Friday, April 6, 2012

A Scientist, a Psychologist & a Philosopher walk into a bar ...

Walking to the shop with a friend recently, he told me that he had met this Italian girl on a bus, and that that they were going for a date that evening. Notwithstanding the fact that this is probably an unusual occurrence, for any of us (who meets someone on a bus; who gets past the stage of flirty glances; fair play to the fucker), there was a point of interest, a spark that began the conversation.

He was reading a popular science book called "Connectome: How The Brain's Wiring Makes Us Who We Are". Consciousness, it claims, emerges out of the connection between neural pathways. The website for the book has a nice slideshow complete with an early eighties synthy science fiction score that would not have been out of place on Blade Runner. Ohhh. Ahhh. Wow.

Text appears on screen, accompanied by images of the brain, the universe, all that sort of stuff (ohh, ahh, wow). "100 billion neurons," the text reads, as it goes onto the next image, "A universe of complexity," (true, nice analogy) "If we conquer it," (erm, okay) "We will know ourselves," (so they're equating knowledge with dominance, forcing the unruly into submission, an act of will, and that this submission would bring us in closer proximity to our inner essence) "and change ourselves for the better," (ah, the old utopian caveat, just in case you were beginning to get a bit skeptical) "You are more than your genes," (jeez, how profound - have you ever picked up a book on philosophy before?) "You are Connectome."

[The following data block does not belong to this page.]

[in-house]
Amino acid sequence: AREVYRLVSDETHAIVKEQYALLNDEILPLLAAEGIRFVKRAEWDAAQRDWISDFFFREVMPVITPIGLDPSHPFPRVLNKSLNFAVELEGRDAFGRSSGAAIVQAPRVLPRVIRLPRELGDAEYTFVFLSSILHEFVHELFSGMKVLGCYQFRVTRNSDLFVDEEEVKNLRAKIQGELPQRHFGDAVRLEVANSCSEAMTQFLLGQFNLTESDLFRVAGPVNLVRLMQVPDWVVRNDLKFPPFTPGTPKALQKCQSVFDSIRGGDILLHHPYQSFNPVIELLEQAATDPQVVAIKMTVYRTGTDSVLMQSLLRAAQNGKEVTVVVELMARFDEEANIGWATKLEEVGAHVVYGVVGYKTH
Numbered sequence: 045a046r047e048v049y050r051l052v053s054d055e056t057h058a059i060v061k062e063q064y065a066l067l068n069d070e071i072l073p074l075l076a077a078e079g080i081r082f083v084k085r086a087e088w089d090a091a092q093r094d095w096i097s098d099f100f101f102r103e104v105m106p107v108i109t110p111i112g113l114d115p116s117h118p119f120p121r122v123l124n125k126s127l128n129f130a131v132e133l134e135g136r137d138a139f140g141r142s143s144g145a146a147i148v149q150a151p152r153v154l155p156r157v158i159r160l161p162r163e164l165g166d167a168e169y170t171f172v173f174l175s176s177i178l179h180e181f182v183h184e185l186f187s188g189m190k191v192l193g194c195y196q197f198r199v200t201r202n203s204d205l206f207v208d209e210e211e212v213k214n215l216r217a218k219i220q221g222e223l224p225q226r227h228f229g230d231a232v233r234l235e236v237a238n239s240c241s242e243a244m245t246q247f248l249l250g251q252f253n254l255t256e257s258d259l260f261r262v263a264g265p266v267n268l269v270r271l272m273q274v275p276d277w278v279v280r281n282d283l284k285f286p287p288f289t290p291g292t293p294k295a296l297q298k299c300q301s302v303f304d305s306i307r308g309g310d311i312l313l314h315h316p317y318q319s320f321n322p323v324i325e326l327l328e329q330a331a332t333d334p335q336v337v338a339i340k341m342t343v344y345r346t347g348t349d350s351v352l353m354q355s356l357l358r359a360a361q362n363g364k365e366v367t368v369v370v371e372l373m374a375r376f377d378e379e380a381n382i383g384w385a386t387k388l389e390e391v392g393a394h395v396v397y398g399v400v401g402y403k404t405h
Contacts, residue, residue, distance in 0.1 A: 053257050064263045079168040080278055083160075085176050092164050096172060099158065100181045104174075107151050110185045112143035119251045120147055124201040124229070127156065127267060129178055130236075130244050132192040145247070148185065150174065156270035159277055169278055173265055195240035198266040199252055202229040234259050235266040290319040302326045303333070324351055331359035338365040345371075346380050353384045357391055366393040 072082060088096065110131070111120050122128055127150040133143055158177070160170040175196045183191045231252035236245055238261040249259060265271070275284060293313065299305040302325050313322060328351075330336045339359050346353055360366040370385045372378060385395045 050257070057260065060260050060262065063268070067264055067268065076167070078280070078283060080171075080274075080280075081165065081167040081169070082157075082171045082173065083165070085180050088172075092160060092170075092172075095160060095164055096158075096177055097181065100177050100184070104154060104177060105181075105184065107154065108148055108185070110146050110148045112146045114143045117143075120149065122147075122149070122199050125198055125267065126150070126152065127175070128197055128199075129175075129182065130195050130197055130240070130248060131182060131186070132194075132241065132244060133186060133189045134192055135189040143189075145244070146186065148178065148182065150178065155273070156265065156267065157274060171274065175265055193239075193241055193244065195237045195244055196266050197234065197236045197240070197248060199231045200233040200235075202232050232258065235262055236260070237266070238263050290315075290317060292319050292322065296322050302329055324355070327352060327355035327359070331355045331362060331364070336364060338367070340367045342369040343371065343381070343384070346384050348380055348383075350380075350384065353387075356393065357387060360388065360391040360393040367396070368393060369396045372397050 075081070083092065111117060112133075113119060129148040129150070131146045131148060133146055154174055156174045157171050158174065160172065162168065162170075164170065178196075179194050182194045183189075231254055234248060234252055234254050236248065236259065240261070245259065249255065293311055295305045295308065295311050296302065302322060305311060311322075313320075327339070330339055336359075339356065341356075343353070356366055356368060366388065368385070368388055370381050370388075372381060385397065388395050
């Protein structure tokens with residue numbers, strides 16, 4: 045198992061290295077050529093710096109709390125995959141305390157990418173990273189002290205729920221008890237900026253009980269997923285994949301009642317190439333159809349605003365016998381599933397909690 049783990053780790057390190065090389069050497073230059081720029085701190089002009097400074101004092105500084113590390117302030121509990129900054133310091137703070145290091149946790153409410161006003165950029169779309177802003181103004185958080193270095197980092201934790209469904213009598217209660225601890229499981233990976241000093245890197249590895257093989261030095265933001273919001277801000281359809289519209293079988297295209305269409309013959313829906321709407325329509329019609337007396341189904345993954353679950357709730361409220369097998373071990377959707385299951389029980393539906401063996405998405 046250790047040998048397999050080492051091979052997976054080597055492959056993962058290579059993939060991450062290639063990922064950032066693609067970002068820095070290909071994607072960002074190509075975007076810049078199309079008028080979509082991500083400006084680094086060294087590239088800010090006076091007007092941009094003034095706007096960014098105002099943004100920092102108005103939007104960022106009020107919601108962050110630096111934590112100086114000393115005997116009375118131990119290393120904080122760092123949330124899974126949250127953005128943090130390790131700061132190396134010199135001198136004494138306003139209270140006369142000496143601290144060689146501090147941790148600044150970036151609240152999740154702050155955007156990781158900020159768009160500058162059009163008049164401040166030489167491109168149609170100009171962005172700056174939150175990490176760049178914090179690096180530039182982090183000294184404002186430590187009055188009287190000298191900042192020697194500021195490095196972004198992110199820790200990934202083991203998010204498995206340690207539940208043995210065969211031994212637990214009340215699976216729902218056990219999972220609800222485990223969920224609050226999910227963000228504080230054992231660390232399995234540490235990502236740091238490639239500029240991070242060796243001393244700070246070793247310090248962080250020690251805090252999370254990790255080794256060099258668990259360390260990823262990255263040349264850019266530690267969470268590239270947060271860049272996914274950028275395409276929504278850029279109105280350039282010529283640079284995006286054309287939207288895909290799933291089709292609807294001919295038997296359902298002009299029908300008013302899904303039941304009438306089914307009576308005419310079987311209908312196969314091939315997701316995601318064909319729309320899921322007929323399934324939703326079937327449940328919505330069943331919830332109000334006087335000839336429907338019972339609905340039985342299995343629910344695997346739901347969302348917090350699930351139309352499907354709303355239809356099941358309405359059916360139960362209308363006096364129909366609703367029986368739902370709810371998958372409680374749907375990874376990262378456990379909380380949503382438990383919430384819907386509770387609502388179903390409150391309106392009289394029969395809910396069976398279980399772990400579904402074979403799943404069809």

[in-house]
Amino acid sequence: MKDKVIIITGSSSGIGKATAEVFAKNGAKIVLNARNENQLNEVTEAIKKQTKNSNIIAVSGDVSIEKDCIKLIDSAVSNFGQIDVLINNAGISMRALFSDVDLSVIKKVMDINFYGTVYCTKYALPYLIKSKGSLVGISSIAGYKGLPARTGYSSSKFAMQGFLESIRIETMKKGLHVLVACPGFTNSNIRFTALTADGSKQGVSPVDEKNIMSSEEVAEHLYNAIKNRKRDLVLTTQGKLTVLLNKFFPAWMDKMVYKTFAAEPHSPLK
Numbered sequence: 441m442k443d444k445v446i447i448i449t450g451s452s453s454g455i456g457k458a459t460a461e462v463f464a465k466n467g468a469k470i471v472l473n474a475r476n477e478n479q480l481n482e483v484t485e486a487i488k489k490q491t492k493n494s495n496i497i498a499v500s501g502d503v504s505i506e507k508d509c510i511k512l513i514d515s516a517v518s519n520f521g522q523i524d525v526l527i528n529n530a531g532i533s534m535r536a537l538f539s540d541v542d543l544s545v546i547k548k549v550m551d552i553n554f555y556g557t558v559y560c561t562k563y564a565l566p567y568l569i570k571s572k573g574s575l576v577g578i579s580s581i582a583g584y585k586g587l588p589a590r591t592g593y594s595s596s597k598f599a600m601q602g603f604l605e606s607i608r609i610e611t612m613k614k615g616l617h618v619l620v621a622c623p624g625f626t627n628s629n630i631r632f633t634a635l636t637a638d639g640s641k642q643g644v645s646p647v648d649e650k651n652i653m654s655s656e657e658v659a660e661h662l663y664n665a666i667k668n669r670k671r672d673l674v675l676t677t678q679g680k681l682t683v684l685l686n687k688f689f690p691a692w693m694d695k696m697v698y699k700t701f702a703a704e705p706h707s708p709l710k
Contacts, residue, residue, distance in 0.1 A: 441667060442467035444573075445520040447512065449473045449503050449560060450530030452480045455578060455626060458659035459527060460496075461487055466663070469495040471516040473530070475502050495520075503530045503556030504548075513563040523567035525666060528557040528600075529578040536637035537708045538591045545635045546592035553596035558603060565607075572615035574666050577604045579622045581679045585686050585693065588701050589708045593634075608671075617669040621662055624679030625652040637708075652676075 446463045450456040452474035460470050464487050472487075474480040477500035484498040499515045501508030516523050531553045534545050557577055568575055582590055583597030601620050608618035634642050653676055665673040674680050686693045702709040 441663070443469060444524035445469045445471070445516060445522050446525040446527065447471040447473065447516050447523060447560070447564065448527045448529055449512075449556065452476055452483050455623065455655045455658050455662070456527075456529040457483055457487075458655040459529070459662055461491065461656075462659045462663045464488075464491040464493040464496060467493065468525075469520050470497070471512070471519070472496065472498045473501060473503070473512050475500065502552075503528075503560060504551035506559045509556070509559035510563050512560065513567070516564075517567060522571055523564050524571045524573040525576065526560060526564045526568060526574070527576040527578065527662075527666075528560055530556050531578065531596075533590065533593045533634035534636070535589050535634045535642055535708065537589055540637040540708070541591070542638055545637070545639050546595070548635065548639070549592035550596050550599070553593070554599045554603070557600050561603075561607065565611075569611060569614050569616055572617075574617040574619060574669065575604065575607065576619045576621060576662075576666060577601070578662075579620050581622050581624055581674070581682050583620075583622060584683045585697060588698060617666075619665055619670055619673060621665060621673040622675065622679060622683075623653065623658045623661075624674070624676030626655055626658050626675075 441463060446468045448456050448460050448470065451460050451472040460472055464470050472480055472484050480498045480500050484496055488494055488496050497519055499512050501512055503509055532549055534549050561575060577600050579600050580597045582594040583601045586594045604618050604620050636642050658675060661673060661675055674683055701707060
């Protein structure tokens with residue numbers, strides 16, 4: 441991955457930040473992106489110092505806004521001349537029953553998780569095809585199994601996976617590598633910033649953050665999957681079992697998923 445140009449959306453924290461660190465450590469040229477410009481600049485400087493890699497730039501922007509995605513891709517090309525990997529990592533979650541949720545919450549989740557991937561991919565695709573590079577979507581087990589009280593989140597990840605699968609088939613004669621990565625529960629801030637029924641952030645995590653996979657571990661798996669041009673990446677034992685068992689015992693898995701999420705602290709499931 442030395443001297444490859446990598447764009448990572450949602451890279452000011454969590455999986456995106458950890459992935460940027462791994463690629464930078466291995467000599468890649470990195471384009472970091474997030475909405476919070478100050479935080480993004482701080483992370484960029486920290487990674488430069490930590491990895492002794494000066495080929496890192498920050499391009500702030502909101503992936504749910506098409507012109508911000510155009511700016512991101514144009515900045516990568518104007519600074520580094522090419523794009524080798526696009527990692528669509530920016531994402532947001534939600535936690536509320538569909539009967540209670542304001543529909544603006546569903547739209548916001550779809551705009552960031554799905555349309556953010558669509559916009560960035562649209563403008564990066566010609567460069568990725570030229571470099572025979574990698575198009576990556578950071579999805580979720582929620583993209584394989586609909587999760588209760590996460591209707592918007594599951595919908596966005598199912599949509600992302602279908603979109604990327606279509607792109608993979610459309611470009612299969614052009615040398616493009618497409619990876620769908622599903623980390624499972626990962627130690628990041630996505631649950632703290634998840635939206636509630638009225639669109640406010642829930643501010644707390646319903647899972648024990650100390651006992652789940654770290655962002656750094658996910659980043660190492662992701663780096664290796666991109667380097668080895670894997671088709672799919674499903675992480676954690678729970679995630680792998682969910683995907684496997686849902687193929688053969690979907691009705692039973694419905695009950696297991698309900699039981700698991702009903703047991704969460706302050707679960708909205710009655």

Consciousness unbound at last! In its closest proximity to the object of the self as has ever been possible, or so it is claimed. We are not just genes, the website says, in a kind of half-refutation of Dawkinsian materialism. We are instead made up of pathways sending neurons between one another, countless little sparks firing about within our brain. At least it beats Dawkins' view of us all as gene slaves.

Still, we have to conquer the mind first by their own admission, to bring it under submission by force. I'm surprised that they were so blatant to make explicit that hidden underbelly of what we deem the pursuit of knowledge. This is intimately linked to what Hitler called, "the triumph of the will." That may seem depressing, but hey, why can't knowledge be both wondrous and also have this warlike side? Aren't most things like that? "Knowledge is power," as the old proverb says.

A question then comes to mind: science, whither to? and what to do with you? Do you hold within you (especially since you claim a monopoly on a methodology for the discovery of knowledge) a destructive force that must be tempered, based upon a ruthless pursuit of knowledge, squashing beneath your feet all the objects that you wish to know?

This may be impossible, in the end.

This is only depressing if you feel that infinite knowledge ought to be humanity's primary concern; that is to say, if you feel that we ought to grind down and conquer the infinite, once and for all. Going further, does not the infinite share a commonality in some ways with nothing, zero, zilch? Nirvana, the highest state of bliss for Buddhists, is characterised by such a nothingness. It could be said that the great western experiment has been an attempt to know the infinite; to conquer the infinite; to know nothing; to conquer nothing.

True horror comes from what we don't see; this is also the wellspring of imagination and creativity.